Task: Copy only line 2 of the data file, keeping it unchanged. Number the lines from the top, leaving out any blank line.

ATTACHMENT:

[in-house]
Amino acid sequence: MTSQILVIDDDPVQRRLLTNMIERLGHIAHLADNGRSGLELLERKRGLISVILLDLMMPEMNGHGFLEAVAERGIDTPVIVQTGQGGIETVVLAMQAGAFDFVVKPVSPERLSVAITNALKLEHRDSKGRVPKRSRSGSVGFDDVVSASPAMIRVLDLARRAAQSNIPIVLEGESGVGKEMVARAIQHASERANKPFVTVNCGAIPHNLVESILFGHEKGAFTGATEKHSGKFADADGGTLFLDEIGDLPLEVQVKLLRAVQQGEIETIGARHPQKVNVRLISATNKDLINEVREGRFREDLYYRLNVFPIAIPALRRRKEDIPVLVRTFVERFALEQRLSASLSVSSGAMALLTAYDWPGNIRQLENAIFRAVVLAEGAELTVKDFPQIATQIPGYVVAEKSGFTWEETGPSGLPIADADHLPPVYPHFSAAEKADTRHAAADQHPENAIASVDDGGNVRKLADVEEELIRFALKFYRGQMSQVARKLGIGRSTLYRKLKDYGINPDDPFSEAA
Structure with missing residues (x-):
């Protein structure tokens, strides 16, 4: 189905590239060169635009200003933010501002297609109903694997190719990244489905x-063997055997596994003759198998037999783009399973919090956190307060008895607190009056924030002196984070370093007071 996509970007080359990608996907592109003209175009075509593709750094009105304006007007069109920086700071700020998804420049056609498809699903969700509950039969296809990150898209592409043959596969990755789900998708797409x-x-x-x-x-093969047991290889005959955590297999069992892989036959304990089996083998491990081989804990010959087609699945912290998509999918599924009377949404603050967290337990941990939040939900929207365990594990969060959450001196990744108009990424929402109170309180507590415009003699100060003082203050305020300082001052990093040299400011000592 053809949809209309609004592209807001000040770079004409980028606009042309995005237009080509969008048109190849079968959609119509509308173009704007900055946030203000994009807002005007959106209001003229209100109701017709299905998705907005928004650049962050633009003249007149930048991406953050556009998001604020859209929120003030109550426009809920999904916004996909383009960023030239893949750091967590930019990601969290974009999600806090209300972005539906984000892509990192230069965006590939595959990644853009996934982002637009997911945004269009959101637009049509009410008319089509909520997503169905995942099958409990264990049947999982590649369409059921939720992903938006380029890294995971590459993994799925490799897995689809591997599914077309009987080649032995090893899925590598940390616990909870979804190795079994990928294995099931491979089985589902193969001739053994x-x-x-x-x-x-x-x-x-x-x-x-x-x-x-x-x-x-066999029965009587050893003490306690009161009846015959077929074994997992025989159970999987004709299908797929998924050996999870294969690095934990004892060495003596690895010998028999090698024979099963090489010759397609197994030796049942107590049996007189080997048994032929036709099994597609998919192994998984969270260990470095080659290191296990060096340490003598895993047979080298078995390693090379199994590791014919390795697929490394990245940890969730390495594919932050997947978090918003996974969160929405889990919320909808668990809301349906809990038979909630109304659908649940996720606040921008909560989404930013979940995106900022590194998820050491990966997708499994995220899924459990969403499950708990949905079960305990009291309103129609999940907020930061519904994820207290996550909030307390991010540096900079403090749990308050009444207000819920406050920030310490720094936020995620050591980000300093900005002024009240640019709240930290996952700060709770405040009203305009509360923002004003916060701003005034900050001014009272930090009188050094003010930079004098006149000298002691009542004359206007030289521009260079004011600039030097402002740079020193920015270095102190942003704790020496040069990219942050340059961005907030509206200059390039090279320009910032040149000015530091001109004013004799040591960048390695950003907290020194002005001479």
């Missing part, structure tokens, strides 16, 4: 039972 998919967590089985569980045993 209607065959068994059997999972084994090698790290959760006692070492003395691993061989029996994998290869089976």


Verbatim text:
Amino acid sequence: MTSQILVIDDDPVQRRLLTNMIERLGHIAHLADNGRSGLELLERKRGLISVILLDLMMPEMNGHGFLEAVAERGIDTPVIVQTGQGGIETVVLAMQAGAFDFVVKPVSPERLSVAITNALKLEHRDSKGRVPKRSRSGSVGFDDVVSASPAMIRVLDLARRAAQSNIPIVLEGESGVGKEMVARAIQHASERANKPFVTVNCGAIPHNLVESILFGHEKGAFTGATEKHSGKFADADGGTLFLDEIGDLPLEVQVKLLRAVQQGEIETIGARHPQKVNVRLISATNKDLINEVREGRFREDLYYRLNVFPIAIPALRRRKEDIPVLVRTFVERFALEQRLSASLSVSSGAMALLTAYDWPGNIRQLENAIFRAVVLAEGAELTVKDFPQIATQIPGYVVAEKSGFTWEETGPSGLPIADADHLPPVYPHFSAAEKADTRHAAADQHPENAIASVDDGGNVRKLADVEEELIRFALKFYRGQMSQVARKLGIGRSTLYRKLKDYGINPDDPFSEAA